There are some truly iconic races in motorsport, such as the Daytona 500 and the Le Mans 24, but none stand out quite like the Monaco F1 Grand Prix. The Monaco Grand Prix REALLY separates the men from the boys and is often regarded as “the jewel in F1’s crown”. it features some of the slowest and tightest corners F1 has to offer. Overtaking is next to impossible on the track so a good grid position is essential for winning the race.
The track is certainly one of, if not the, most difficult tracks to negotiate throughout the F1 season. Drivers have to battle against punishing g-forces as they tear down the fast straights into super tight corners at speeds of 290km/h.
Last season Vettel led Ferrari to a one two here after Raikkonen qualified on pole and because the impact of engine power is minimised on the slowest circuit on the calendar it is handling and the chassis that is important. Because of that,and in a front of the field that has bunched up anyway this season in performance terms, this is a genuine six way fight for the win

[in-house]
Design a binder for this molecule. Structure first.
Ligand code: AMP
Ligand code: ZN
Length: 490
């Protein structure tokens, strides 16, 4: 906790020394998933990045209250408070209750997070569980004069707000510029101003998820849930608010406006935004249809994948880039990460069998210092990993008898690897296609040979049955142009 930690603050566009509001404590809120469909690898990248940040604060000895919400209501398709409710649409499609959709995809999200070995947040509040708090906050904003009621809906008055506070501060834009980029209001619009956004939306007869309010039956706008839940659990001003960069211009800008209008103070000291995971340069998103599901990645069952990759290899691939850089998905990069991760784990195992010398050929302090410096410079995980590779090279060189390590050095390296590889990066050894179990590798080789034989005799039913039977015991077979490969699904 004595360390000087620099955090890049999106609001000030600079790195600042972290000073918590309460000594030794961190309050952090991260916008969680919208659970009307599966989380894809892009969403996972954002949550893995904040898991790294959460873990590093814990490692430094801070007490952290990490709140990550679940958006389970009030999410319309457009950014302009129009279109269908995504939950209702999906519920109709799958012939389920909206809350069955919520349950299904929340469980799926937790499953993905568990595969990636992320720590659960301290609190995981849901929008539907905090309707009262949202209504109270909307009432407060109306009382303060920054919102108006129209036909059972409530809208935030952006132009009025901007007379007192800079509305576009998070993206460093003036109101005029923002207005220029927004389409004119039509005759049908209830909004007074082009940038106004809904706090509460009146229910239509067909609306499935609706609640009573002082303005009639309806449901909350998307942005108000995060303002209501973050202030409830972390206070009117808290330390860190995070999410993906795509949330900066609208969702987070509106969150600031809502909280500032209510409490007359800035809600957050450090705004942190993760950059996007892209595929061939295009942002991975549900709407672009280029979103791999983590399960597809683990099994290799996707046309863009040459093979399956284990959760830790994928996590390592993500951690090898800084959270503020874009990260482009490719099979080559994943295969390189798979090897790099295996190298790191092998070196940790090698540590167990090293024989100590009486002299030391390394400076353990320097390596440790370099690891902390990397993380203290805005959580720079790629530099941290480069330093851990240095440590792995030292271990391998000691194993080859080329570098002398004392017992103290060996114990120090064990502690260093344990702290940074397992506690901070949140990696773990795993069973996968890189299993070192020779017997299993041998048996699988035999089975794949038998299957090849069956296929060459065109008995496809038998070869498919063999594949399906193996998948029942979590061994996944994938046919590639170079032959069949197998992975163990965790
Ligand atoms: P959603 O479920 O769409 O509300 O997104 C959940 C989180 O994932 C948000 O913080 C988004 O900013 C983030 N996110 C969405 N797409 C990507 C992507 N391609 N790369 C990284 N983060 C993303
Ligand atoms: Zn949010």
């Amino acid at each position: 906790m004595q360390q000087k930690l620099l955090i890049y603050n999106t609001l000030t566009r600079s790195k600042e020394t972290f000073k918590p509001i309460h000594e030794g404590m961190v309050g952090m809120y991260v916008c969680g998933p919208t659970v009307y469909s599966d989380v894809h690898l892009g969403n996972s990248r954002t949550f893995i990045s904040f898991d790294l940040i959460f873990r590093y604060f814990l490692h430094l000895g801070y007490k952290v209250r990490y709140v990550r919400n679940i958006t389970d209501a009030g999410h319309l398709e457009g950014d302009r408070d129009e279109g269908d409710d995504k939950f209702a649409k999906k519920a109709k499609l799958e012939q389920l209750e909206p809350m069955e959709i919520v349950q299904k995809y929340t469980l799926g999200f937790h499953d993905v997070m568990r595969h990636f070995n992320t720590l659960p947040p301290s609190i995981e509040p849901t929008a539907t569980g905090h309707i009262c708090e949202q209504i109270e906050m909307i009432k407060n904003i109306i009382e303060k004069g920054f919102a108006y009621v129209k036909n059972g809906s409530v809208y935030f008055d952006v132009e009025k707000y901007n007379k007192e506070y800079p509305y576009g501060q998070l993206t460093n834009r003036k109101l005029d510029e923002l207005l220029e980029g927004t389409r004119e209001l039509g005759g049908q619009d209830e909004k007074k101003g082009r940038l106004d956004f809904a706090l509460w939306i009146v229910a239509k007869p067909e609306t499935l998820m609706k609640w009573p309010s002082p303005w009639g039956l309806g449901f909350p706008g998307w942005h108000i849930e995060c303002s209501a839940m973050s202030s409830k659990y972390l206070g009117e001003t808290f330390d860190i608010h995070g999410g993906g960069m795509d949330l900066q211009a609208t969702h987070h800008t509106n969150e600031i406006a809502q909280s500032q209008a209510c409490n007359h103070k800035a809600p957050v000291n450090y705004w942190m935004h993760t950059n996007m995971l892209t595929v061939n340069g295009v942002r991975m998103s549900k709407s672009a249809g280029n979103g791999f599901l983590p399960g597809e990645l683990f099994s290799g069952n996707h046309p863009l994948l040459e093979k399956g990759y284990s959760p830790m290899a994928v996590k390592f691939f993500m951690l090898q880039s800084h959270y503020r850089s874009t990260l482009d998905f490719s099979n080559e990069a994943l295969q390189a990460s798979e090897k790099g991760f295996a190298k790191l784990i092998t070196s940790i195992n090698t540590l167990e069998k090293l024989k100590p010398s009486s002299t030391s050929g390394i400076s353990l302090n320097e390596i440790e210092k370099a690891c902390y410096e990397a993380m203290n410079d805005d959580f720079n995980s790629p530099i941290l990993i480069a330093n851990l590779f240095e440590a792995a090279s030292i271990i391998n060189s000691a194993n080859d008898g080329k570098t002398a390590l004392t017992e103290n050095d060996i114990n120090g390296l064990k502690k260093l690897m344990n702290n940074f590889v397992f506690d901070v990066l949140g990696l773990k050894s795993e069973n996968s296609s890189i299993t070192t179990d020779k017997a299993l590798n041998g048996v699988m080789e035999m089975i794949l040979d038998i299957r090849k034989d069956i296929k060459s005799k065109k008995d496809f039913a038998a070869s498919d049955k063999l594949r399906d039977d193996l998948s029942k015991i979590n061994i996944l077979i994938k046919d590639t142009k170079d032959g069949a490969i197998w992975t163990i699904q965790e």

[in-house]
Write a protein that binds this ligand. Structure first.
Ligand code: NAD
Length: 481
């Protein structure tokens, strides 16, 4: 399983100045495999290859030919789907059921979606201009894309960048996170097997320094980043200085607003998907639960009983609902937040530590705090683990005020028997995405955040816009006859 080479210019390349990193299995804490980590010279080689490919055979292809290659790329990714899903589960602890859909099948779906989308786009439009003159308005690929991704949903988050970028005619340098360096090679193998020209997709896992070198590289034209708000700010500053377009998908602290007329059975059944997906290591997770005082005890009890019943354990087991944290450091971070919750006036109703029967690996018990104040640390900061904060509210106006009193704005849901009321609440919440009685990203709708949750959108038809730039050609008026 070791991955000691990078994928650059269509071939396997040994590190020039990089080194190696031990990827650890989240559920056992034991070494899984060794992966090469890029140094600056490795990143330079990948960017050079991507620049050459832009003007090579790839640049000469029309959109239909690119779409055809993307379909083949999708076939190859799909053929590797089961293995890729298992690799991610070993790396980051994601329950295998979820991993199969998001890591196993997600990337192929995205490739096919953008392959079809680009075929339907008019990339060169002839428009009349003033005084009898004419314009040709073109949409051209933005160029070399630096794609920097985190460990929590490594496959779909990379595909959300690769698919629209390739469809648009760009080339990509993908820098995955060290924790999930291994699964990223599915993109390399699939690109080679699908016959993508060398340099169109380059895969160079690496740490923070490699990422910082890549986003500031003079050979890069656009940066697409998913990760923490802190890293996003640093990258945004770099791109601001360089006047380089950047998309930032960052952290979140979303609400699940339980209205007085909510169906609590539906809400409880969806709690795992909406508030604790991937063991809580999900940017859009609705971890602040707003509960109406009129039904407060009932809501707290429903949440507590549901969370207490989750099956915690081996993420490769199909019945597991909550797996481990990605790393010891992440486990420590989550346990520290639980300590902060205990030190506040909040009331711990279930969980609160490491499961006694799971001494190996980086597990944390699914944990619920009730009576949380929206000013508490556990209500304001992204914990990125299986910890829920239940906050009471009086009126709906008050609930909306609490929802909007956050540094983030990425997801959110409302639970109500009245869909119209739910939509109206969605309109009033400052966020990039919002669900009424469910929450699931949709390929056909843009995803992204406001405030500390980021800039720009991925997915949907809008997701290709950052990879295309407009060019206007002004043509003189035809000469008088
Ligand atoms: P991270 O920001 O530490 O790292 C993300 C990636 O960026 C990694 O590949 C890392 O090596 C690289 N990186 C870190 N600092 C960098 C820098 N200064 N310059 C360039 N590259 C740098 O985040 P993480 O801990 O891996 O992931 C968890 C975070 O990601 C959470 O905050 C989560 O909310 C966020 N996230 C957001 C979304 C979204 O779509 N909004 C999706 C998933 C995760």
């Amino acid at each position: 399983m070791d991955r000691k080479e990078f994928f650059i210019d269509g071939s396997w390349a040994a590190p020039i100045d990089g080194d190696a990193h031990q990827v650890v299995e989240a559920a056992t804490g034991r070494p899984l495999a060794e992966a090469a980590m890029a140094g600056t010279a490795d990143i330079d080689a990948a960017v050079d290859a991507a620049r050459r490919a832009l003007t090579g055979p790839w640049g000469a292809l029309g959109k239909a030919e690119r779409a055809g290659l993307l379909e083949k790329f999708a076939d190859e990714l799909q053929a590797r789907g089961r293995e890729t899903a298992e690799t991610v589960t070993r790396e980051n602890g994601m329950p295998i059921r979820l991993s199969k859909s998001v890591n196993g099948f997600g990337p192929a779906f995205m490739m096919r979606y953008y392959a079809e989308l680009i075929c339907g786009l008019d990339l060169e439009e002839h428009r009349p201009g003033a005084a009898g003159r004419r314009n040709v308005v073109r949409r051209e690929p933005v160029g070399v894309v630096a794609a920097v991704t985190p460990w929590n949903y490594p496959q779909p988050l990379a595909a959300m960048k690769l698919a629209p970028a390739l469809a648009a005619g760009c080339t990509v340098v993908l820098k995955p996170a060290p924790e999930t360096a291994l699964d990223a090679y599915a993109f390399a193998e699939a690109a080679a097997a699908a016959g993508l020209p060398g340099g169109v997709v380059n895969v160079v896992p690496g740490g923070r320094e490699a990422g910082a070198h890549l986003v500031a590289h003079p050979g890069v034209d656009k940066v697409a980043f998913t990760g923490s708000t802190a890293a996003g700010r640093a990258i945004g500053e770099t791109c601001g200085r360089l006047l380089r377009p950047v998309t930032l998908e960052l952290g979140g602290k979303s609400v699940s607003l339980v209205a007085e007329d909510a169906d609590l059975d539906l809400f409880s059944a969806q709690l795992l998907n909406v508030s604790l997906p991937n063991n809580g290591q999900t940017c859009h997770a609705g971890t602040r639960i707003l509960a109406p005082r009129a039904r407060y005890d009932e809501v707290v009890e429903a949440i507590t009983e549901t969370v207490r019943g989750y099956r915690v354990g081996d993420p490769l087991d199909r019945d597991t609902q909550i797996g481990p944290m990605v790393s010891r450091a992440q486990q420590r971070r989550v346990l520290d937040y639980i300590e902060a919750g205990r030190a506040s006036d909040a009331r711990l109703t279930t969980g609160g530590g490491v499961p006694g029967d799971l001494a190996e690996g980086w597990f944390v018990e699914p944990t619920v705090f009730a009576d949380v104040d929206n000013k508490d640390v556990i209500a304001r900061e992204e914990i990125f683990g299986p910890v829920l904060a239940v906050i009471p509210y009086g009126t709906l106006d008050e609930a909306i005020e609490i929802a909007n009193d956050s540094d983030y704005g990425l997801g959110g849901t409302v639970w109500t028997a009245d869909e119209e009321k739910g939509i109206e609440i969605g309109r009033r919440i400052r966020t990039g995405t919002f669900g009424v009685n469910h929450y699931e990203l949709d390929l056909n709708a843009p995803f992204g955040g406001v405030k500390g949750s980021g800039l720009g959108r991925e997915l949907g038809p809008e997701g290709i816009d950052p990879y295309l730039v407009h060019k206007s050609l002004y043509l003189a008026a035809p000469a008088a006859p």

By winning the last two races, fortunately in Azerbaijan and convincingly in Spain Hamilton now leads Vettel by 17 points going into the race. The Ferrari had tyre problems in Spain and Hamilton appears to be adjusting to a car that is very different to drive compared to last year.
The Red Bulls also have to be considered here, though perhaps if the weather is more questionable as they are unlikely to qualify on the front row of the grid so may need a safety car of wet/dry chaos to make their mark at the front of the field.
Outright prices for the race are as follows with Bet365:
So the Ferrari’s suitability for the track is factored in to an extent and Hamilton’s price reflects the minimising of Mercedes’ inherent advantage.
At the prices looking at the Red Bull pair has to be interesting with slight preference for Ricciardo given Verstappen’s travails in terms of consistency and crashes